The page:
Vehicle traffic stops that lead to drug seizures pose a continuing problem for the courts to deal with. This is especially so in speeding cases.
Law enforcement stopping drivers of speeding vehicles has increasingly resulted in seizures of marijuana, oxycodone, hydrocodone, and methamphetamine in recent years. That’s because most foreign-produced drugs discovered in the United States are smuggled into the country overland, mostly from Mexico.
Vehicle Stops Create Constitutional Problems
But vehicle stops that lead to drug searches are a constitutional sticky-wicket. Two years ago the U.S. Supreme Court in Rodriquez v. United States held that they police cannot extend a traffic stop, even more than a minute, beyond the traffic violation without real reasonable suspicion that other criminal activity has occurred or is occurring.
Police Need Reasonable Suspicion to Extend Traffic Stop
Put simply, absent reasonable suspicion, the Supreme Court said that a traffic stop cannot be extended, as in the Rodriquez stop, “seven to eight minutes” until another police officer arrives with a drug dog to conduct a walk around of the vehicle. As Justice Ginsburg, speaking for six of the court’s justices, put it:
“The tolerable duration of police inquiries in the traffic-stop context is determined by the seizure’s ‘mission’—to address the traffic violation that warranted the stop, and attend to related safety concerns. Because addressing the infraction is the purpose of the stop, it may ‘last no longer than is necessary to effectuate th[at] purpose.’ Authority for the seizure thus ends when tasks tied to the traffic violation are—or reasonably should have been—completed.”
Unlawful Traffic Stop
A February 27, 2017 decision by the Tenth Circuit Court of Appeals confronted a classic unlawful drug search following a lawful speeding traffic stop.
Andrienne Lopez and Angela Lopez are not related. But on the afternoon of June 21, 2013, they both were traveling together in a Dodge Avenger just outside of Wichita, Kansas when their vehicle, driven by Angela, was stopped by a Kansas state trooper named Robert Krause. The trooper registered the vehicle traveling at a speed of 79 mph in a 65 mph zone. Thus, the traffic stop was lawful. No one disputed that.
Krause approached the driver’s side of the vehicle and informed the occupants that he had pulled them over because they were speeding. Adrienne asked the trooper where they were speeding. The trooper told her. Adrienne, instead of Angela, did “most of the talking” throughout this explanation process which, as the appeals court noted, caused Krause to see it as “a sign of nervousness.”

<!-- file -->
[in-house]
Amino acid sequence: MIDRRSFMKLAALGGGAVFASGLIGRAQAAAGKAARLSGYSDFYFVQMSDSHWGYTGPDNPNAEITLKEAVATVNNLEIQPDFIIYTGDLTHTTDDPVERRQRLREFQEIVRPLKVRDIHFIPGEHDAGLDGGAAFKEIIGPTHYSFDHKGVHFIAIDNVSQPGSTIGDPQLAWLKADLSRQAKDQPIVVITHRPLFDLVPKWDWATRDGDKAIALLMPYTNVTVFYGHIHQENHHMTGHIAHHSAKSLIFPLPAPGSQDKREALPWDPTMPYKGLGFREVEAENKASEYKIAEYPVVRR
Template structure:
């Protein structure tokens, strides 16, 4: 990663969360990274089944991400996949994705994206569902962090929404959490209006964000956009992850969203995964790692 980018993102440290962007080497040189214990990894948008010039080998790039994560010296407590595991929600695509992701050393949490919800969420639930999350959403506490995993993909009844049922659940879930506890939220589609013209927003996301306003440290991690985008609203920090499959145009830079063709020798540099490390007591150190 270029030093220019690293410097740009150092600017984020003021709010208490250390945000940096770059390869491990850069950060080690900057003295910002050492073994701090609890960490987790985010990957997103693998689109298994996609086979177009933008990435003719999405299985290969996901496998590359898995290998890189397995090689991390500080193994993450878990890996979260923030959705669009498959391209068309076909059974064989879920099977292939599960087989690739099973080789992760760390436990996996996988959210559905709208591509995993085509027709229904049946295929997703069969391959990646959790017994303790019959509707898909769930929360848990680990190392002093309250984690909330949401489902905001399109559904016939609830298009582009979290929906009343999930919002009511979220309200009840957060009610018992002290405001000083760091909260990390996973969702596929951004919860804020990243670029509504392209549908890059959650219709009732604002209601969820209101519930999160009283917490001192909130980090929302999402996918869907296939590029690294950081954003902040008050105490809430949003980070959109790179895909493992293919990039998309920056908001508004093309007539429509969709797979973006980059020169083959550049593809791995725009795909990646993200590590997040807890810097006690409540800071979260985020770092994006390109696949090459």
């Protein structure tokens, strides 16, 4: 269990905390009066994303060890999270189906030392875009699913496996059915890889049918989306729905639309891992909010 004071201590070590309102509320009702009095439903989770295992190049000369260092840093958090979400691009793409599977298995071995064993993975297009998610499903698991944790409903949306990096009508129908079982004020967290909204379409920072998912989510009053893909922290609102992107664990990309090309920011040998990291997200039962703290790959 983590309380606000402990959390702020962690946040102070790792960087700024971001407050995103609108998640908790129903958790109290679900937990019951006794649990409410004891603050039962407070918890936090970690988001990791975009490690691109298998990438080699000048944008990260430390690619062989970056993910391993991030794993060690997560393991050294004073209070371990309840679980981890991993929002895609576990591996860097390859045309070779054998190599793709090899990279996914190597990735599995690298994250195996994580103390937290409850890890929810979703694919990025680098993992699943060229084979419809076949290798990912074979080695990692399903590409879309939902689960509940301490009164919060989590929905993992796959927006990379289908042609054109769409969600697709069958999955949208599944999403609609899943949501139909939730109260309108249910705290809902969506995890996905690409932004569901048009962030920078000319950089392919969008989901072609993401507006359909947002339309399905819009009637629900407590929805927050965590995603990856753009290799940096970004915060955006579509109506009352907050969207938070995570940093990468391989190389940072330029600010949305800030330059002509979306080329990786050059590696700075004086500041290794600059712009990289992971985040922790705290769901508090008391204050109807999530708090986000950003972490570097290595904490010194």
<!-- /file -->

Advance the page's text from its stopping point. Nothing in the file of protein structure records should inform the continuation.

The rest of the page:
The trooper asked Angela for her driver’s license, insurance information, and the rental car paperwork after being told the vehicle was a rental. As Angela looked for the documents, Krause started a visual inspection of the backseat at which time Adrienne said, “Don’t look back there, it’s a mess.” The trooper, however, noticed that, as the Tenth Circuit observed, “the backseat was not particularly messy, only a few bags and a blue cooler were on the seat.”
Turning his attention back to the front seat, Krause asked the two women about their travel plans, to which Adrienne responded they were coming from California and were going to “Kansas City or Nebraska” to rescue Adrienne’s sister from an abusive boyfriend. At that point Angela gave the trooper the requested documents. Instead of a driver’s license, Angela gave Krause a receipt from the California Department of Motor Vehicles that was given to her after she reported losing her driver’s license. The car rental paperwork stated the vehicle had been rented in California for two days scheduled to be returned to the place of rental.
No Drugs in Car, But Needed Some Weed
Krause pointedly asked the women if they had any drugs, such as marijuana, methamphetamine, or heroin, the vehicle. Both women said no, but Adrienne added that she “needed some marijuana because the drive was taking too long.” This prompted the trooper to ask for more details about their travel plans. They told him they had left California the night before and drove all night but with a lot of stops.
Krause then returned to his own vehicle to run a check on the documents provided by Angela. The dispatcher informed the trooper that Angela had a valid driver’s license and no criminal history.
Traffic Stop Concludes